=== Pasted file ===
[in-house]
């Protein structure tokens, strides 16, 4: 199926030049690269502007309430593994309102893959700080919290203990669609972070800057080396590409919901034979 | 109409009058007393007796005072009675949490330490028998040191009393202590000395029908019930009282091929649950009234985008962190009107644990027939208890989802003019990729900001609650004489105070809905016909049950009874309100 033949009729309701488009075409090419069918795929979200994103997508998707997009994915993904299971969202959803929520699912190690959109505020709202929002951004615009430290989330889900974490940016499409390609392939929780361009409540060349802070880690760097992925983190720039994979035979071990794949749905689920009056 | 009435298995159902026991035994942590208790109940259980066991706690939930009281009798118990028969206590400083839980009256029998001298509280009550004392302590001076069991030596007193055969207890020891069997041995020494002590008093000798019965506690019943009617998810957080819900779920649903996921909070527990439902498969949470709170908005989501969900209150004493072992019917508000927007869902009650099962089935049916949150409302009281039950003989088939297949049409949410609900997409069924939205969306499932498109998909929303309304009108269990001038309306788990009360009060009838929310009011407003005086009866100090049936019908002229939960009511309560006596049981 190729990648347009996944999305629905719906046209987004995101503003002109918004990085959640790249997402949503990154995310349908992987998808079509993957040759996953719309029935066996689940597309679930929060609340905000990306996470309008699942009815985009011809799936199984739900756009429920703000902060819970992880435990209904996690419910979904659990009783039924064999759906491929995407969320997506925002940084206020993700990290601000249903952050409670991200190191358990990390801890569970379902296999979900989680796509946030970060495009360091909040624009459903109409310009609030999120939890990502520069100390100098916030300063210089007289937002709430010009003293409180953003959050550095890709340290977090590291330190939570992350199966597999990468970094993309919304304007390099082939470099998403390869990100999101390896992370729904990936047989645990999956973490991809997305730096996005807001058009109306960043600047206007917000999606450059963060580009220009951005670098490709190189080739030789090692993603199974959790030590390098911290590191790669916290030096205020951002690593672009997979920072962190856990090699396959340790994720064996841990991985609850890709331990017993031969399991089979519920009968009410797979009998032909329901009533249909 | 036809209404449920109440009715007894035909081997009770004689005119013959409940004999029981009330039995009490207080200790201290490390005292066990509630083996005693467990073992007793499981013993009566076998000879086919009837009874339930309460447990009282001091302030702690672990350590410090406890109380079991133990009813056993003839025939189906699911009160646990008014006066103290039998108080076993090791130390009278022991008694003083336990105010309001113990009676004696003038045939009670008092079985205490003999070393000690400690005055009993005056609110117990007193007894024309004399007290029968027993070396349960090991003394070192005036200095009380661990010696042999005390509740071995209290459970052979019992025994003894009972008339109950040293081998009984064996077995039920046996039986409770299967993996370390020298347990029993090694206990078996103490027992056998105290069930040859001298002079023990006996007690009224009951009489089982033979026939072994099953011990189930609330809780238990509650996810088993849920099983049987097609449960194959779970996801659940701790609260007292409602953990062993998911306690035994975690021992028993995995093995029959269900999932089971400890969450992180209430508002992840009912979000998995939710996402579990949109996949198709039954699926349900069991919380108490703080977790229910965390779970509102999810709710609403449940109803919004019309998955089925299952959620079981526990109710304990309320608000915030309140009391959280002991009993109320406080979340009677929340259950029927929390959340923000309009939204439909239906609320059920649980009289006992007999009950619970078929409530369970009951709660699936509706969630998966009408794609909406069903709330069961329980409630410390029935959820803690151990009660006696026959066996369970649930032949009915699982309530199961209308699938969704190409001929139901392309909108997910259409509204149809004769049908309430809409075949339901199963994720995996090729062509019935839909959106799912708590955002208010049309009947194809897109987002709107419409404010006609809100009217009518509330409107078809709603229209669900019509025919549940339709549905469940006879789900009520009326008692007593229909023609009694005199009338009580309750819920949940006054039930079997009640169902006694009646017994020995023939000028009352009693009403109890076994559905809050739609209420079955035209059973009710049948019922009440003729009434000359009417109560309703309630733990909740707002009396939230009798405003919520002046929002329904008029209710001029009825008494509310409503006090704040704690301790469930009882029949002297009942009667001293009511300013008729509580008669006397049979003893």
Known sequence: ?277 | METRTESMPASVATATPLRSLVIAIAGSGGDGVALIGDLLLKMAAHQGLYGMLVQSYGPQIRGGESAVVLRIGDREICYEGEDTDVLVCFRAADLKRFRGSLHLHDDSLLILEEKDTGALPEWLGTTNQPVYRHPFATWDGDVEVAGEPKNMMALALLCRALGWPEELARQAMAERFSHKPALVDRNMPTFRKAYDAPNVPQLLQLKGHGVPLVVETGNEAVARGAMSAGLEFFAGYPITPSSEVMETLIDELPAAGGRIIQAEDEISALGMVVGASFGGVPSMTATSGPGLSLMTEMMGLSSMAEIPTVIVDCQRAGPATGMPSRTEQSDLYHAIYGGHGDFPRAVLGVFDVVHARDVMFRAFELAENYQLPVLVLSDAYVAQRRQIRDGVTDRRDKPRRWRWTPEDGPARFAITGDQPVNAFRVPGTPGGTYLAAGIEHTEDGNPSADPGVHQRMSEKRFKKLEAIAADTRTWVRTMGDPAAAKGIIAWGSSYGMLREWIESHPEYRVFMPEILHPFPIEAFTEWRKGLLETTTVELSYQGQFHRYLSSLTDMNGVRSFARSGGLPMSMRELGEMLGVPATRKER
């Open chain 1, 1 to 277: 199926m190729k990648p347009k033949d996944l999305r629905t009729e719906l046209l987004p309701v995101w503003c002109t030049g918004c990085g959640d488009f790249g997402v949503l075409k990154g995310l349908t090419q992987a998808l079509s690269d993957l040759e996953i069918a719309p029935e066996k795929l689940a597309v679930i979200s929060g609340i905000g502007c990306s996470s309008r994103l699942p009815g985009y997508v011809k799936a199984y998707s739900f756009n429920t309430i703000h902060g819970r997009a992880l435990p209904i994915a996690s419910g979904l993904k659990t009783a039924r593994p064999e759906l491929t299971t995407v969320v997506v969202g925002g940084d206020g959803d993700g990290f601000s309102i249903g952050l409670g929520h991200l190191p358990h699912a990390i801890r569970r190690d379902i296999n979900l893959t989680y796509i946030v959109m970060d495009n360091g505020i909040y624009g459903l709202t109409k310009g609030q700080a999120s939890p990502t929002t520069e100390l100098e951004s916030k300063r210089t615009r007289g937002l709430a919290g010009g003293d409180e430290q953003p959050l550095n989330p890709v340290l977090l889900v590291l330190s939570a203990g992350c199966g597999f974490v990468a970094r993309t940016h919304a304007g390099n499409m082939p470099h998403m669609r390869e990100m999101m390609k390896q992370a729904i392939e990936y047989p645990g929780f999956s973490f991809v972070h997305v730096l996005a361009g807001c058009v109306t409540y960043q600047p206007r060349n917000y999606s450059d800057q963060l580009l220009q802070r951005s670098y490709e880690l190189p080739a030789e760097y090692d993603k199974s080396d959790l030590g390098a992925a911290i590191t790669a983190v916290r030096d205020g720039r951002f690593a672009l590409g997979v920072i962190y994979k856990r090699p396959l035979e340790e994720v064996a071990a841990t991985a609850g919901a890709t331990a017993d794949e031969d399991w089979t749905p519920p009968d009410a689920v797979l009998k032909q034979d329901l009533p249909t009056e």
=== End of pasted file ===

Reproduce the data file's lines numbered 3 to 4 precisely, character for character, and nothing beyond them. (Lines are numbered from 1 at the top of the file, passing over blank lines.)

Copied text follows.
Known sequence: ?277 | METRTESMPASVATATPLRSLVIAIAGSGGDGVALIGDLLLKMAAHQGLYGMLVQSYGPQIRGGESAVVLRIGDREICYEGEDTDVLVCFRAADLKRFRGSLHLHDDSLLILEEKDTGALPEWLGTTNQPVYRHPFATWDGDVEVAGEPKNMMALALLCRALGWPEELARQAMAERFSHKPALVDRNMPTFRKAYDAPNVPQLLQLKGHGVPLVVETGNEAVARGAMSAGLEFFAGYPITPSSEVMETLIDELPAAGGRIIQAEDEISALGMVVGASFGGVPSMTATSGPGLSLMTEMMGLSSMAEIPTVIVDCQRAGPATGMPSRTEQSDLYHAIYGGHGDFPRAVLGVFDVVHARDVMFRAFELAENYQLPVLVLSDAYVAQRRQIRDGVTDRRDKPRRWRWTPEDGPARFAITGDQPVNAFRVPGTPGGTYLAAGIEHTEDGNPSADPGVHQRMSEKRFKKLEAIAADTRTWVRTMGDPAAAKGIIAWGSSYGMLREWIESHPEYRVFMPEILHPFPIEAFTEWRKGLLETTTVELSYQGQFHRYLSSLTDMNGVRSFARSGGLPMSMRELGEMLGVPATRKER
């Open chain 1, 1 to 277: 199926m190729k990648p347009k033949d996944l999305r629905t009729e719906l046209l987004p309701v995101w503003c002109t030049g918004c990085g959640d488009f790249g997402v949503l075409k990154g995310l349908t090419q992987a998808l079509s690269d993957l040759e996953i069918a719309p029935e066996k795929l689940a597309v679930i979200s929060g609340i905000g502007c990306s996470s309008r994103l699942p009815g985009y997508v011809k799936a199984y998707s739900f756009n429920t309430i703000h902060g819970r997009a992880l435990p209904i994915a996690s419910g979904l993904k659990t009783a039924r593994p064999e759906l491929t299971t995407v969320v997506v969202g925002g940084d206020g959803d993700g990290f601000s309102i249903g952050l409670g929520h991200l190191p358990h699912a990390i801890r569970r190690d379902i296999n979900l893959t989680y796509i946030v959109m970060d495009n360091g505020i909040y624009g459903l709202t109409k310009g609030q700080a999120s939890p990502t929002t520069e100390l100098e951004s916030k300063r210089t615009r007289g937002l709430a919290g010009g003293d409180e430290q953003p959050l550095n989330p890709v340290l977090l889900v590291l330190s939570a203990g992350c199966g597999f974490v990468a970094r993309t940016h919304a304007g390099n499409m082939p470099h998403m669609r390869e990100m999101m390609k390896q992370a729904i392939e990936y047989p645990g929780f999956s973490f991809v972070h997305v730096l996005a361009g807001c058009v109306t409540y960043q600047p206007r060349n917000y999606s450059d800057q963060l580009l220009q802070r951005s670098y490709e880690l190189p080739a030789e760097y090692d993603k199974s080396d959790l030590g390098a992925a911290i590191t790669a983190v916290r030096d205020g720039r951002f690593a672009l590409g997979v920072i962190y994979k856990r090699p396959l035979e340790e994720v064996a071990a841990t991985a609850g919901a890709t331990a017993d794949e031969d399991w089979t749905p519920p009968d009410a689920v797979l009998k032909q034979d329901l009533p249909t009056e």